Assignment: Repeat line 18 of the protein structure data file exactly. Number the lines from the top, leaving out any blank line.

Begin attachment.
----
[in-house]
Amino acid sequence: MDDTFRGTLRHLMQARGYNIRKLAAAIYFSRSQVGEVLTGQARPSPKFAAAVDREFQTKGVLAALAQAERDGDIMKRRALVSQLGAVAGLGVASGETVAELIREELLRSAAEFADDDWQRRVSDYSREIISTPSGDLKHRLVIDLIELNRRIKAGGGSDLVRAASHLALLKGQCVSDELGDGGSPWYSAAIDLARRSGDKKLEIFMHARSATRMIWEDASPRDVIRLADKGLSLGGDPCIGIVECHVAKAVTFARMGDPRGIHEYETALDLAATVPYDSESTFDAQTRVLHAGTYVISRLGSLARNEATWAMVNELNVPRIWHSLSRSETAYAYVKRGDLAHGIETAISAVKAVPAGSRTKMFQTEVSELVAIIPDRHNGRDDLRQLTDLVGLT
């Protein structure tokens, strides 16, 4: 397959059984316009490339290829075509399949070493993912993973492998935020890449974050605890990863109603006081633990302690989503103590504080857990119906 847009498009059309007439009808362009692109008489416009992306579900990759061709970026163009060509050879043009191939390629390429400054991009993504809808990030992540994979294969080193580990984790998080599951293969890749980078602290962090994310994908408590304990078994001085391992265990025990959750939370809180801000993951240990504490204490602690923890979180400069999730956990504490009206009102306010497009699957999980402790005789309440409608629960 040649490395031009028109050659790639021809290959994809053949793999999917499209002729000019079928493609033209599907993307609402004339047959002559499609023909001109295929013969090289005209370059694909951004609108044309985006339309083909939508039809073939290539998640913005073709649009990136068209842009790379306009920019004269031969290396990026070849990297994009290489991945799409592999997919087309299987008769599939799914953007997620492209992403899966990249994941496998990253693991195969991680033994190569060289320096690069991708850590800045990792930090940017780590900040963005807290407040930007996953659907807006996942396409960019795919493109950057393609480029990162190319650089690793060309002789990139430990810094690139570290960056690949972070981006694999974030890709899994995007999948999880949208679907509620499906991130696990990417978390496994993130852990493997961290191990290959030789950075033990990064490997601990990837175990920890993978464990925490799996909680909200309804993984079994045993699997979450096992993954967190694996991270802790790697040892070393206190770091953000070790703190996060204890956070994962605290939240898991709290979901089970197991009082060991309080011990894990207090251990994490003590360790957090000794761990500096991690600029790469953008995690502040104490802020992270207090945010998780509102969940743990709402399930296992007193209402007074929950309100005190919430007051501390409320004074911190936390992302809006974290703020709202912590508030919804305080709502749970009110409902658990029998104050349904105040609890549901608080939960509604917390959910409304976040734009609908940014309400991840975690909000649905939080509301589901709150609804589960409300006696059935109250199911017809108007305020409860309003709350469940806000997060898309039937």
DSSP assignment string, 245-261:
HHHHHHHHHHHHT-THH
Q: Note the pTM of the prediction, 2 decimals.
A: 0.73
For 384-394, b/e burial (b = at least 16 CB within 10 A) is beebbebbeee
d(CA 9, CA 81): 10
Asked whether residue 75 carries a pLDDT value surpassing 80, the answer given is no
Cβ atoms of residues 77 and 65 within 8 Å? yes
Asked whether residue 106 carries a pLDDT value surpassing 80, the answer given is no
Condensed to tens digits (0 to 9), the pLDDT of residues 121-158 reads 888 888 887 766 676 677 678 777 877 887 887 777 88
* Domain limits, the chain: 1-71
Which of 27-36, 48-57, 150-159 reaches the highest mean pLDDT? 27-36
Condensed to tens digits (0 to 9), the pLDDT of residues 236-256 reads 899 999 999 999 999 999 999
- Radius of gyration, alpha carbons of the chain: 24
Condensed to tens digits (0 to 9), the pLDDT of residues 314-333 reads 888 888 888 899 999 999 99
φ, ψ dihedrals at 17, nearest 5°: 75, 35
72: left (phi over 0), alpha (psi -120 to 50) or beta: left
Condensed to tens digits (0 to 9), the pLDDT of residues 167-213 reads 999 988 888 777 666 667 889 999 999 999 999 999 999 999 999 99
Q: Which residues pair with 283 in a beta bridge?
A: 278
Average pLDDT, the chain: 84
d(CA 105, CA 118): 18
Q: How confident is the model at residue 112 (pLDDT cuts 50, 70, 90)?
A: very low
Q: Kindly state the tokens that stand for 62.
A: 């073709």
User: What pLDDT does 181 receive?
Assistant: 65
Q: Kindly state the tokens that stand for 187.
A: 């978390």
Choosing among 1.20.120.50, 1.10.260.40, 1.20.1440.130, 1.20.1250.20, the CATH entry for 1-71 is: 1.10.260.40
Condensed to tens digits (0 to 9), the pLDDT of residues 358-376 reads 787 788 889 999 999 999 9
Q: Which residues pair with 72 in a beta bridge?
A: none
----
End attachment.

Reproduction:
Condensed to tens digits (0 to 9), the pLDDT of residues 314-333 reads 888 888 888 899 999 999 99